You can drain the sediment from the heaters one at a time in the two normal fashions.
1. (starting with the first heater) Simply open the drain valve and let the water flow until it is clear.
2. (starting with the second heater) Turn off both heaters' heating (turn the knob to pilot). Turn off the cold water supply to the first heater. Open a hot faucet upstairs. Open the drain valve and let the water flow until it is clear. Turn on the water and have the hot faucet gushing before turning the heat back on.
In both cases no one should be using hot water for several hours before you start the procedure. If you choose to do both procedures at about the same time, wait several hours in between. But you can do both tanks in quick succession for one procedure. Typically draining the sediment every 6 months (one procedure, alternated) should be enough each time.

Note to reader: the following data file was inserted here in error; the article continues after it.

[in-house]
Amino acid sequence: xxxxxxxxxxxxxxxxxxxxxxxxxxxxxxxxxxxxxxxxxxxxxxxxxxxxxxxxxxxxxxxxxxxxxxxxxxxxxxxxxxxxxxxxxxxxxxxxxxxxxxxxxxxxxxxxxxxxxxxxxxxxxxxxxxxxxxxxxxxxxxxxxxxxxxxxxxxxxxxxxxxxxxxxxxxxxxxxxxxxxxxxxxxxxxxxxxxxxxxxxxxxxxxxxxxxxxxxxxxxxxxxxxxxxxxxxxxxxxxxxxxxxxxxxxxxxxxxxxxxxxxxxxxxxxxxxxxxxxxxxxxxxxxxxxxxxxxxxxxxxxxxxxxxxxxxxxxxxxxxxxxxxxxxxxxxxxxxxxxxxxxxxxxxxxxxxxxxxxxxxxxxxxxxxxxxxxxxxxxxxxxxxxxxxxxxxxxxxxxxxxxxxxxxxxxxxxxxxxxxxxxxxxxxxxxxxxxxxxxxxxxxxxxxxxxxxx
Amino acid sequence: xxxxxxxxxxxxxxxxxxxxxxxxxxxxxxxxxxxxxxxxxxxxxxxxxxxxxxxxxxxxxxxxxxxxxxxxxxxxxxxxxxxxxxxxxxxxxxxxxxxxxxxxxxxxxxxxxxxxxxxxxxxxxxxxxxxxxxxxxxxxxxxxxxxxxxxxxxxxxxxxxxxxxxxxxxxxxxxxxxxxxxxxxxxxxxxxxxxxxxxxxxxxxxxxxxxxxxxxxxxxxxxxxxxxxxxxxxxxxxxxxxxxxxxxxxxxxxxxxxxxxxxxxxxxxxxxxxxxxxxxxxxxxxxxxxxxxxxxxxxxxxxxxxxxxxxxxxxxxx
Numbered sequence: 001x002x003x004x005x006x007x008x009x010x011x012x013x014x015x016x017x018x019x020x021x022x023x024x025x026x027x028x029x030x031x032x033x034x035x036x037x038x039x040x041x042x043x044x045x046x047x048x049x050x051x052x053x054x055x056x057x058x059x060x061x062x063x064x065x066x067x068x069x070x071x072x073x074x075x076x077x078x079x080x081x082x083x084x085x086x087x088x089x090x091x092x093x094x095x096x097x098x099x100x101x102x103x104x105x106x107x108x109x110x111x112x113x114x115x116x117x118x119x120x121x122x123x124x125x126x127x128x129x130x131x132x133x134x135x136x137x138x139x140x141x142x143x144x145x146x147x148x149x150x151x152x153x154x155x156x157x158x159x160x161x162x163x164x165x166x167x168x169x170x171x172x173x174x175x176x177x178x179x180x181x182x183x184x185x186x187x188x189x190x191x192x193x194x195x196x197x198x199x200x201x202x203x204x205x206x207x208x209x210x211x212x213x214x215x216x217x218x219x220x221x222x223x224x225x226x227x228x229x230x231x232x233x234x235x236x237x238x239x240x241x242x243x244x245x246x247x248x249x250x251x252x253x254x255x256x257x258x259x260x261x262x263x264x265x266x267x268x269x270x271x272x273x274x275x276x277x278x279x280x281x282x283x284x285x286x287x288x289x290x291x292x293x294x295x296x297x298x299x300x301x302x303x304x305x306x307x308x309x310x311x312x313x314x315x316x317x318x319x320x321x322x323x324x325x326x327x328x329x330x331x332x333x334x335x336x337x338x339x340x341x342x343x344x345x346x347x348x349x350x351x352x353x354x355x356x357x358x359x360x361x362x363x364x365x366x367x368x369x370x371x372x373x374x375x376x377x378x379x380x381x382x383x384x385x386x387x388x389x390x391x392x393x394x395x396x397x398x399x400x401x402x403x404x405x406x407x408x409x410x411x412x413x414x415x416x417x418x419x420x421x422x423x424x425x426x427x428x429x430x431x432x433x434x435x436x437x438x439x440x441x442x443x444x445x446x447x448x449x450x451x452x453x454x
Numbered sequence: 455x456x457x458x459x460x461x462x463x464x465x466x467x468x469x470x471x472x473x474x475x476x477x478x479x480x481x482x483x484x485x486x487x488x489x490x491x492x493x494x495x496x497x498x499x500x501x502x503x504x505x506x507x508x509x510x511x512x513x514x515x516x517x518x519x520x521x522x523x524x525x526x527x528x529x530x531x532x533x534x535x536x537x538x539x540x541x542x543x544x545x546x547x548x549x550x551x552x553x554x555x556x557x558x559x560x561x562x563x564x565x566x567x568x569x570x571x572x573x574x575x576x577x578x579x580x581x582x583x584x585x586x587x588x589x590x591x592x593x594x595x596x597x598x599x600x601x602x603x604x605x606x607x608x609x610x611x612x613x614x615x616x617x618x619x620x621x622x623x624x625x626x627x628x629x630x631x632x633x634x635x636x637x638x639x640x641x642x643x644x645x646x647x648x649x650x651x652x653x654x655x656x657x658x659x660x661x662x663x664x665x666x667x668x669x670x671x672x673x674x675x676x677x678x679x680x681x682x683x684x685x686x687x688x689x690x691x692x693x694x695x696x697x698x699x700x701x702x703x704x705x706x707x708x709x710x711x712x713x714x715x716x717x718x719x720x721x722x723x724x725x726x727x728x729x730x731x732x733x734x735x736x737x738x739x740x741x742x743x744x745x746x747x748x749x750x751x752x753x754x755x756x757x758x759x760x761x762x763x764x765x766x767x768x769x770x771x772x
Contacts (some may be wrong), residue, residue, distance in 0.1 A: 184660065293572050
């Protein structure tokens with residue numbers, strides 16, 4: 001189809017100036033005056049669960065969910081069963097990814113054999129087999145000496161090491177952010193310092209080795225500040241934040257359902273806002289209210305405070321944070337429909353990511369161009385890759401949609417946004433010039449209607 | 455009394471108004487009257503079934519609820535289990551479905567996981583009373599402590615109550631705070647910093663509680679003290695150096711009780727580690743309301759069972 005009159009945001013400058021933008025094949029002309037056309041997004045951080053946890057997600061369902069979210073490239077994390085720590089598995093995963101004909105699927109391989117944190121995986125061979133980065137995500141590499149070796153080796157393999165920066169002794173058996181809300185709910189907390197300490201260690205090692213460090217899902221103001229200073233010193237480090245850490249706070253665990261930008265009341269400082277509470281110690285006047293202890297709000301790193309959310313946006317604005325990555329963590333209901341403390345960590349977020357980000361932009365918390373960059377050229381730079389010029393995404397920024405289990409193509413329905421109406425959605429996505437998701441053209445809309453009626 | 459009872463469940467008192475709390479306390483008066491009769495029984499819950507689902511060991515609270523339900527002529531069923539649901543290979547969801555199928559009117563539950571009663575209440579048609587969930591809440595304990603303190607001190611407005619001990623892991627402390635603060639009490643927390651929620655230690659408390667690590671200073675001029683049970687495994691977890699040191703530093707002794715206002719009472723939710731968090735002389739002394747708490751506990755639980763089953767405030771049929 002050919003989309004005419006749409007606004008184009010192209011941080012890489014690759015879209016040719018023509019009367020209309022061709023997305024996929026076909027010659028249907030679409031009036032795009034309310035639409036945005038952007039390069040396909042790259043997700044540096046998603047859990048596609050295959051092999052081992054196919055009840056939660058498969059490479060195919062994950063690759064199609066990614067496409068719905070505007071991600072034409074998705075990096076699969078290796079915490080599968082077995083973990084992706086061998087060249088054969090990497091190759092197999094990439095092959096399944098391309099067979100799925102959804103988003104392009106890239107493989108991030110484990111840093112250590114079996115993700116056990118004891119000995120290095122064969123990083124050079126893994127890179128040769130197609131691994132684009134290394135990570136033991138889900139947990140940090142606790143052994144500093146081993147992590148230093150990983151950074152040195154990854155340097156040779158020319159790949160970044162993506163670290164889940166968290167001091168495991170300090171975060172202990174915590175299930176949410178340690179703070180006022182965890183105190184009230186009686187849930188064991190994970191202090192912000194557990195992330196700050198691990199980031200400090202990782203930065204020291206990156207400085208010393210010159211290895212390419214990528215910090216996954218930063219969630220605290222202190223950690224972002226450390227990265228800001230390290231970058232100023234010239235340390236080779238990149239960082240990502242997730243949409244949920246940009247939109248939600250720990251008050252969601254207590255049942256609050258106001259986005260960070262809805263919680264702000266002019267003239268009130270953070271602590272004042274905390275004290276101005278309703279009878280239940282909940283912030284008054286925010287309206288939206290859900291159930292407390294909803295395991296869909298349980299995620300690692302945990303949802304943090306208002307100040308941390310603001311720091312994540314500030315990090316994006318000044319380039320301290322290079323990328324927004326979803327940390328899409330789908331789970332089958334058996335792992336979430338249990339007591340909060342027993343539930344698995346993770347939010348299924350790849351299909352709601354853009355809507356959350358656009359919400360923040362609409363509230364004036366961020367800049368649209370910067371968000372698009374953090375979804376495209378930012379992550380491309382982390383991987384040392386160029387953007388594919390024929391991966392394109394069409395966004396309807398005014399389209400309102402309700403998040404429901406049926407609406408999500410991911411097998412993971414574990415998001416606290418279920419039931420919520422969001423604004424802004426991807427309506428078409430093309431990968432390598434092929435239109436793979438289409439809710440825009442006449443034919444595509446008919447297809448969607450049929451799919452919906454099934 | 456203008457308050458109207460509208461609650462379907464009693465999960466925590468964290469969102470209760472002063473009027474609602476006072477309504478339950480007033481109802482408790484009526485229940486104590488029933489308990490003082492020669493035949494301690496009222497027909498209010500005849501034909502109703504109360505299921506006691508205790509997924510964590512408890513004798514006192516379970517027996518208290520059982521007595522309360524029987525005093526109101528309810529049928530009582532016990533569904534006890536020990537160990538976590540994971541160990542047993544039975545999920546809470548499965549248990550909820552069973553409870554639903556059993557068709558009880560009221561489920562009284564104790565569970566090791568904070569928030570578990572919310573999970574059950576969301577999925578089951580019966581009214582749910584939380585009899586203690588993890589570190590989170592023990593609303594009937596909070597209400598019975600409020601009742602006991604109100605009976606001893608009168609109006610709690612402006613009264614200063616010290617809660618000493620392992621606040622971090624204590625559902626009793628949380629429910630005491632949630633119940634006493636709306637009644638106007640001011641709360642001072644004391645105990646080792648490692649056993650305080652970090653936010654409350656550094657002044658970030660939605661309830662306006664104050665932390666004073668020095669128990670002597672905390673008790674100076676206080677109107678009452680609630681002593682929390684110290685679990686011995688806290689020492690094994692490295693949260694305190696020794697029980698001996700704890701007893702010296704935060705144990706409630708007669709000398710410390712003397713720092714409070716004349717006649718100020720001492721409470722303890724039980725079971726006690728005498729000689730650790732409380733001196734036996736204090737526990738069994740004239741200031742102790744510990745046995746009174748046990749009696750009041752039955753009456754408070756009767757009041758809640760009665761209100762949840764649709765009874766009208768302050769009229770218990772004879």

States can help recovery from hurricanes and tornadoes by not requiring due digence or prompt and timely correction of substandard conditions, and by providing continued liability insurance where companies drop homeowners.
I'd also suggest removing the aerators on the faucets and flush out the lines.
Sure hope those heaters are sitting in drain pans with a drain running to the outside.
I can not think of a worst place to install water heaters.